The Northwest is a hotbed of industry in Rand’s world; it shouldn’t be changed for no reason other than the south having aesthetically better desert. Atlas Shrugged has been a work read, debated, loved and hated for decades and still remains as controversial as it was when published. Why should an establishment like Hollywood, controlled by those against the ideals posited create the guidelines on which it is made? Why can’t creative souls more interested in putting the book onscreen instead of an extravaganza butchered of its soul to entertain hold the reins? This material is about innovators earning a living on their ideas, about society learning to appreciate the saviors of the world as men and women willing to work for success rather than ride coattails to the top, relying on political rhetoric and public exposure to usurp control from those producing. It’s a story about the new guard ravaging the companies built up by their ancestors and plundering them for power and money without concern for the bigger picture. The villains of the tale are those who cry selfish at the people worthy of being so, hypocrites to the fact stealing and living off others’ wealth is the most selfish of all.
It’s about Dagny Taggart, (Taylor Schilling breathing life through her quiet confidence and absolute control over her actions), languishing behind an inept brother, James (Matthew Marsden), at the reins of their Taggart Transcontinental while attempting to save America’s economy by herself. Unwilling to pander to Washington, unwilling to play those games, she decides to stake her future in Henry Rearden (Grant Bowler) and his new metal, both stronger and lighter than anything ever created. She knows the country needs reliable transport from coast to coast, needs Ellis Wyatt (Graham Beckel) to have the means to disseminate his raw materials that run the nation. Here are two forward thinking individuals, Dagny and Rearden, who believe in a world of citizens with integrity and pride that will work for success, work to improve and benefit mankind, living in a time where silver-tongued politicians have the public’s ear, greasing the system and bending truths. Laws are passed dismantling merit-based systems in lieu of socialist actions; rather than allow men to be free to flourish, the government cuts off their legs, makes them sell off their hard work to others, and all but enslaves them to become whores for the puppets fattening their coffers with lazy wine and caviar nights.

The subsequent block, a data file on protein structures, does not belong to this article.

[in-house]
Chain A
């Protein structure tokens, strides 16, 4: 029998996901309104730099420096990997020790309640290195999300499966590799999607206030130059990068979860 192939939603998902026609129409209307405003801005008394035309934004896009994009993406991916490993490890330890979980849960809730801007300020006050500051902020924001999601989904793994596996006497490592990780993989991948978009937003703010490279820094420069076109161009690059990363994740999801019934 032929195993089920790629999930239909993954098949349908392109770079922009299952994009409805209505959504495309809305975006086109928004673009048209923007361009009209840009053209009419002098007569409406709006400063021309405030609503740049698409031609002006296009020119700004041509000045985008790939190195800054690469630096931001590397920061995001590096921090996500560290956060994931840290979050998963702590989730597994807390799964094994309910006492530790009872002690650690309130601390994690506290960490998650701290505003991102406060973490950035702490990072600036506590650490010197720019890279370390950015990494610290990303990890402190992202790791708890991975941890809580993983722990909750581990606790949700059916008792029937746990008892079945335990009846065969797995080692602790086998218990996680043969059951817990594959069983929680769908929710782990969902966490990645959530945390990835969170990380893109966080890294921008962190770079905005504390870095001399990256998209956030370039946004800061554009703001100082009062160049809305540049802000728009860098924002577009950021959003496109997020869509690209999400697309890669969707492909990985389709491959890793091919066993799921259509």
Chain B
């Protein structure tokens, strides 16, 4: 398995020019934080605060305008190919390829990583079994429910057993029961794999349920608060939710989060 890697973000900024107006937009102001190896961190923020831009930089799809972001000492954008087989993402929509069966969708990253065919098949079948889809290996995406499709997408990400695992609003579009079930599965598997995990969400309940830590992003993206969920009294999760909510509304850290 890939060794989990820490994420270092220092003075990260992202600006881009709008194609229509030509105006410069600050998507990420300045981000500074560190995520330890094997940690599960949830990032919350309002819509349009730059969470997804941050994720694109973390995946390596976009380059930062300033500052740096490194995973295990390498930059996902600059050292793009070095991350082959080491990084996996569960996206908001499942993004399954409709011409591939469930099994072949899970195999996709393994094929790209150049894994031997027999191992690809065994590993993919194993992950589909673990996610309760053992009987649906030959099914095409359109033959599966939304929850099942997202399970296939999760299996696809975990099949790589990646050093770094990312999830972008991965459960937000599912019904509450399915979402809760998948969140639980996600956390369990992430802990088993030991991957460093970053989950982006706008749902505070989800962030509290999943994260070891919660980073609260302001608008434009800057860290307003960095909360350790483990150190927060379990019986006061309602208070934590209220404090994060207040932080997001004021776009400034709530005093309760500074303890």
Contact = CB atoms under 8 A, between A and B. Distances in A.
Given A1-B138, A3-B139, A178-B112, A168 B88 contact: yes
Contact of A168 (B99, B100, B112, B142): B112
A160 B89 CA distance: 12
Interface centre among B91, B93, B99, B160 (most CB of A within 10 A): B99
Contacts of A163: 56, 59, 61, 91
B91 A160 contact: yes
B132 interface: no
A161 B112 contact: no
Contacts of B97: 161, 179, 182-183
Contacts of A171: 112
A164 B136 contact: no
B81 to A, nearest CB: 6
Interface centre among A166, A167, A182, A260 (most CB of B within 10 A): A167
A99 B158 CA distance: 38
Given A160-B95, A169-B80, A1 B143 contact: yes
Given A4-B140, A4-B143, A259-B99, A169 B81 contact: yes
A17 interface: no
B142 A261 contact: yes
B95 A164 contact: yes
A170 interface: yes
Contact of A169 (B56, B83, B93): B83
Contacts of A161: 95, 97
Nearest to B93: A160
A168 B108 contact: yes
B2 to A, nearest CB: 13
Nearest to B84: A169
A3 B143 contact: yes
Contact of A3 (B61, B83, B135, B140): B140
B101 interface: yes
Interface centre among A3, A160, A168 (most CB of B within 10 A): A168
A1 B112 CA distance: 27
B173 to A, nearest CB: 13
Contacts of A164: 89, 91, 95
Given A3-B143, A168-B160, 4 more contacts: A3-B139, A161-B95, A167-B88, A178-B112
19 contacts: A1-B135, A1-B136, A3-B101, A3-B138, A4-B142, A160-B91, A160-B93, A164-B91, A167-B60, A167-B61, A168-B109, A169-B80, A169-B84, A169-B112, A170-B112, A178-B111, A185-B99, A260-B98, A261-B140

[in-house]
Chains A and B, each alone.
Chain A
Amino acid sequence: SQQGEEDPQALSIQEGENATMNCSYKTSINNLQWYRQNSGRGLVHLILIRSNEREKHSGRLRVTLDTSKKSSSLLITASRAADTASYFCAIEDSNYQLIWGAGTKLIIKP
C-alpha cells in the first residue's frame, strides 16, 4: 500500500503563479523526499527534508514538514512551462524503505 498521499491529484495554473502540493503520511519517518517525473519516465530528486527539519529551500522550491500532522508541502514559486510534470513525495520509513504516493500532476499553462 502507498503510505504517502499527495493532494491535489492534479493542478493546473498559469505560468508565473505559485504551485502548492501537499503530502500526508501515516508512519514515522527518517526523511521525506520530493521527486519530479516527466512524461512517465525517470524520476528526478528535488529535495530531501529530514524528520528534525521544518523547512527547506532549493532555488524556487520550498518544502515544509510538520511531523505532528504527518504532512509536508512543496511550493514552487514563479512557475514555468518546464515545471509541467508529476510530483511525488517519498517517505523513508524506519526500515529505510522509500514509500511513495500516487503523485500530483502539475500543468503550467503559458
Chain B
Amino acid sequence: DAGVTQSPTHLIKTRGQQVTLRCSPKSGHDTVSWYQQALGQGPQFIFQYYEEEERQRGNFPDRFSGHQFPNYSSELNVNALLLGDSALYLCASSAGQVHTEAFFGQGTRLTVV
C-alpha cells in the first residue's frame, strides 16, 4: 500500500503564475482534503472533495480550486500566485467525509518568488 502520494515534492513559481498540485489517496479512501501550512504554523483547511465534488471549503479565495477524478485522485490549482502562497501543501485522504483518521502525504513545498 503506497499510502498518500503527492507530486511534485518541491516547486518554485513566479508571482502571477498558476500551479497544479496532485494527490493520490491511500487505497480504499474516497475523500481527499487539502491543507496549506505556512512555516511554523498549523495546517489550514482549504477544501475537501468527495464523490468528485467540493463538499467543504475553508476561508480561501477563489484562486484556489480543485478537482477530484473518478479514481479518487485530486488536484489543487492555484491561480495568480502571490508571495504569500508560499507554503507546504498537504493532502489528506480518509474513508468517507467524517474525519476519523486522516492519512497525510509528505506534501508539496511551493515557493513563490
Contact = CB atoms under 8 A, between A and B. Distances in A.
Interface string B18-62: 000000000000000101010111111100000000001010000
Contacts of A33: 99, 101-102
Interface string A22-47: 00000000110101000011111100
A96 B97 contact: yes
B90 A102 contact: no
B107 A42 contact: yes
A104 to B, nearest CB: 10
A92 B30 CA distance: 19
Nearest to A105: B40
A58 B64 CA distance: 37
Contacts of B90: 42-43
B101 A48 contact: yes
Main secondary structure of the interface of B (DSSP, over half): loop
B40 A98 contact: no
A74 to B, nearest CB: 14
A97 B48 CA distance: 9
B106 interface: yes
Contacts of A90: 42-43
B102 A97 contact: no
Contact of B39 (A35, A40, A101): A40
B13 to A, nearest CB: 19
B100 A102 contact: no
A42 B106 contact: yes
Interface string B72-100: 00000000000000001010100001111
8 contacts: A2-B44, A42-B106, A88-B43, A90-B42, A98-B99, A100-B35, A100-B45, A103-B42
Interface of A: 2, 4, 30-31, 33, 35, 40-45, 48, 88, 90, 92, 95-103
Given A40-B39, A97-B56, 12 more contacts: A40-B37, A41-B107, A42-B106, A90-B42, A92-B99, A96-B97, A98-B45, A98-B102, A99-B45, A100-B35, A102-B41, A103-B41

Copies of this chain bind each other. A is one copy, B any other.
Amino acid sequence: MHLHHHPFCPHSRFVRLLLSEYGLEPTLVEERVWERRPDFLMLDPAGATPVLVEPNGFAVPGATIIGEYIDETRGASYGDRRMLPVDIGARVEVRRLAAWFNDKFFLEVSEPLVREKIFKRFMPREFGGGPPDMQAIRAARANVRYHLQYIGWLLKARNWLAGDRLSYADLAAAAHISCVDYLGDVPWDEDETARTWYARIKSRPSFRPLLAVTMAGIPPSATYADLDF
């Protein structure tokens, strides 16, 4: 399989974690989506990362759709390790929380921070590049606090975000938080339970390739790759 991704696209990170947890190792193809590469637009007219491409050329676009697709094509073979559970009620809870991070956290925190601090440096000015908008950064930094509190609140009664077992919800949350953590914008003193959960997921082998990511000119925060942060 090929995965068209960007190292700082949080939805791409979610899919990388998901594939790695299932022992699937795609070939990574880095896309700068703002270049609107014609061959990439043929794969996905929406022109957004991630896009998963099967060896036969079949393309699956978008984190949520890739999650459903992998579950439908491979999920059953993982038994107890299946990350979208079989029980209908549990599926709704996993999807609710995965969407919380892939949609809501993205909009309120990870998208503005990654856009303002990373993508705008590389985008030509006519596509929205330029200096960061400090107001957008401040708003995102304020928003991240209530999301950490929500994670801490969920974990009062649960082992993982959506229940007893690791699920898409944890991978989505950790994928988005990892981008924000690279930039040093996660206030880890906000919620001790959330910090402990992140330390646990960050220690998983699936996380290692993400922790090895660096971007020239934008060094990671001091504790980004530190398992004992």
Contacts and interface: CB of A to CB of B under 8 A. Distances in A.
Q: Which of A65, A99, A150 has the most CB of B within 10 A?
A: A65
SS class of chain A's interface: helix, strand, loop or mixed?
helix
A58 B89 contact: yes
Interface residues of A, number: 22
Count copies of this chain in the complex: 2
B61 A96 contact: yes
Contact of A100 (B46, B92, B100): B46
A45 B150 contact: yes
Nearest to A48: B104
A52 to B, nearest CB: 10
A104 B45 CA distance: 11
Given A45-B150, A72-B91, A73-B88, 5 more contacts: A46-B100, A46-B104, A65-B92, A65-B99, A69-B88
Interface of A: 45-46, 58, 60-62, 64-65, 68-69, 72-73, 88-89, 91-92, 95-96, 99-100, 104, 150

Atlas Shrugged: Part I begins the journey into a world that unfortunately parallels our own too closely. Man’s ambitions are thwarted, companies are ripped apart from greed, and the men and women inventing and building a future mysteriously disappear, fed up with the present, horrified by what’s on the horizon. A shadowy figure recruits the intellectual elite for an unknown purpose, the government sets the stage for legislation risking to cripple the nation by never looking farther than one step ahead, and conspiracies on both sides slowly become uncovered, the full answers to come in subsequent films. Full of the sleaze dripping from actors like Jon Polito (Orren Boyle), Michael Lerner (Wesley Mouch), and Rebecca Wisocky (Lillian Rearden) and determination from Schilling, Bowler, and Beckel, this film is not lacking in believable performances, the hyper-real satire a calculated necessity. The political intrigue is taut and the climax riveting as the memory of what’s to come sent chills down my spine. To see Michael O’Keefe’s Hugh Akston smoking a cigarette emblazoned by a gold ‘$’ and Jsu Garcia’s—my favorite of the film—Francisco D’Anconia’s secretive duplicity, I couldn’t have been more satisfied.
 Grant Bowler (Henry Reardon) and Dagny Taggart (Taylor Schilling). ©2010 THE STRIKE PRODUCTIONS
 Dagny Taggart (Taylor Schilling) converses with her brother James (Matthew Marsden) at the Rearden Anniversary Party. ©2010 THE STRIKE PRODUCTIONS
 Dagny Taggart (Taylor Schilling) discovers the disaster of Wyatt’s Torch. ©2010 THE STRIKE PRODUCTIONS